Sunday, February 03, 2013
Re-reading Martin du Gard (II)
Una novela de Galdós, qué idea. Cuando no era Vicki Baum era Roger Martin du Gard, y de ahí el salto inexplicable a Tristán L'Hermite, horas enteras repitiendo por cualquier motivo "les rêves de l'eau qui songe"... — Rayuela, Cap. 31 1
As far as I know this is the only reference to Roger Martin du Gard in Julio Cortázar's writings. There's no mention of the French novelist in the three-volume Alfaguara edition of Cortázar's letters (I haven't checked the five-volume revised edition), although Gide, whom he translated, is mentioned, favorably, several times. If one thinks of the difference between Gide's approach to fiction, at least in The Counterfeiters, and Martin du Gard's as roughly corresponding to the divide between the modernist and the positivist novel traditions, then it's likely that Cortázar, a second-generation modernist, meant Oliveira to be dismissive of, or at best bemused by, la Maga's choice of reading matter.
Cortázar, of course, would explode the very notion of the novel in writing Hopscotch, in which he also drew a notorious distinction between the lector-hembra or "female reader" ("el tipo que no quiere problemas sino soluciones, o falsos problemas ajenos que le permiten sufrir cómodamente sentado en su sillón, sin comprometerse en el drama que también debería ser el suyo" 2) and the lector-cómplice or "accomplice reader" who "puede llegar a ser copartícipe y copadeciente de la experiencia por la que pasa el novelista, en el mismo momento y en la misma forma." 3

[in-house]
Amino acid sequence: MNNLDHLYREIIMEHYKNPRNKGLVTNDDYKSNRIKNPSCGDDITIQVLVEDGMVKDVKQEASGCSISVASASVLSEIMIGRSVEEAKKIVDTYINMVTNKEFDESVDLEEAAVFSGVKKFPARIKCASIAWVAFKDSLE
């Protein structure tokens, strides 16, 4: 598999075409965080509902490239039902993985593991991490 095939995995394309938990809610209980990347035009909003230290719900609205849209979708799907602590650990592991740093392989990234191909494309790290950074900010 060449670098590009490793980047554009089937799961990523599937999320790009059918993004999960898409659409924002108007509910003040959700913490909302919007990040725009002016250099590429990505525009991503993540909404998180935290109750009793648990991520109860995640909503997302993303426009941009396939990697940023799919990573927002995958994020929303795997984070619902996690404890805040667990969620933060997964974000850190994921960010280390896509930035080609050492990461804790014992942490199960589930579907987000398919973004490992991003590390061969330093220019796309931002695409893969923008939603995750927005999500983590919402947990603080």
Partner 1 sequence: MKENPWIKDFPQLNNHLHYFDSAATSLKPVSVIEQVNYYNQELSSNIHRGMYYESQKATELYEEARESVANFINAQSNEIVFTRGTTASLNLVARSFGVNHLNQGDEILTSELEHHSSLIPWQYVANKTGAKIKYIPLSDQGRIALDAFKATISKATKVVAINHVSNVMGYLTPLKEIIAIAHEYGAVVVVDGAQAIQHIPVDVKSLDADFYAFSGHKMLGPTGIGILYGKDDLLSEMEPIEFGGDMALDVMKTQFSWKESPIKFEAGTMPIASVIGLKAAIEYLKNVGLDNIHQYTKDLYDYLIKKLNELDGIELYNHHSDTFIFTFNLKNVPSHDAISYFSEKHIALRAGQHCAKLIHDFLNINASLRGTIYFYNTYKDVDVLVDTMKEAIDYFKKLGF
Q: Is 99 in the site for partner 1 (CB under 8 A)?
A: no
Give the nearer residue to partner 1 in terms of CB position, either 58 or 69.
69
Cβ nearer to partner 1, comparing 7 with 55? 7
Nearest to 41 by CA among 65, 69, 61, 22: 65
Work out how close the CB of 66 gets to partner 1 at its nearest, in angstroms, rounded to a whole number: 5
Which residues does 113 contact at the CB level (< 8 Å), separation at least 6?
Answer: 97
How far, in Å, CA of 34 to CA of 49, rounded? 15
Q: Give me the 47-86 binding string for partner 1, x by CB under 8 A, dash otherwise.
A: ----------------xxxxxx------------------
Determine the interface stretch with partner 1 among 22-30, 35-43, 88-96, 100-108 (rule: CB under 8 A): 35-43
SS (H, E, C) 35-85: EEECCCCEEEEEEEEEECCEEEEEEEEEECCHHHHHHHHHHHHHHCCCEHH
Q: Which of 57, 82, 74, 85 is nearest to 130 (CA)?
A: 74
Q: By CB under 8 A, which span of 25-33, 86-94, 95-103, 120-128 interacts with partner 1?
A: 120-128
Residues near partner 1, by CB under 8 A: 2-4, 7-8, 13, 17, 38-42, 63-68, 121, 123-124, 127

The naturalist or positivist novel assumes that there is a nature of things, which by dint of diligent effort one can ascertain and describe. (The implicit irony in the notion of describing reality by inventing stories is an old one, with which Cervantes was as familiar as anyone.) Oliveira, the ultimate anti-positivist, has no faith that the nature of things is knowable; Hopscotch mirrors that, using a variety of techniques that force the reader to come to terms with the author's own manipulations. Where a novelist like Martin du Gard sought to be invisible, Cortázar makes the reader the co-author of an impossible work.
1 "A novel by Galdós, what an idea. When it wasn't Vicki Baum it was Roger Martin du Gard, and from there the inexplicable leap to Tristan L'Hermite, whole hours spent repeating for no reason 'les rêves de l'eau qui songe.'" Benito Pérez Galdós was a Spanish realist, and Vicki Baum the author of the novel that inspired the 1932 movie Grand Hotel; François Tristan L'Hermite was a seventeenth-century playwright.
2 "the person who doesn't want problems but only solutions, or false problems belonging to others which permit him to suffer comfortably seated in his armchair, without being implicated in the drama which ought to also be his own." Although referring to the lector-hembra, a term he later apologized for, Cortázar here uses a masculine noun (tipo) and the possessives that follow are actually gender-neutral.
3 "who is able to be a co-participant and co-sufferer of the experience through which the novelist passes, at the same time and in the same form."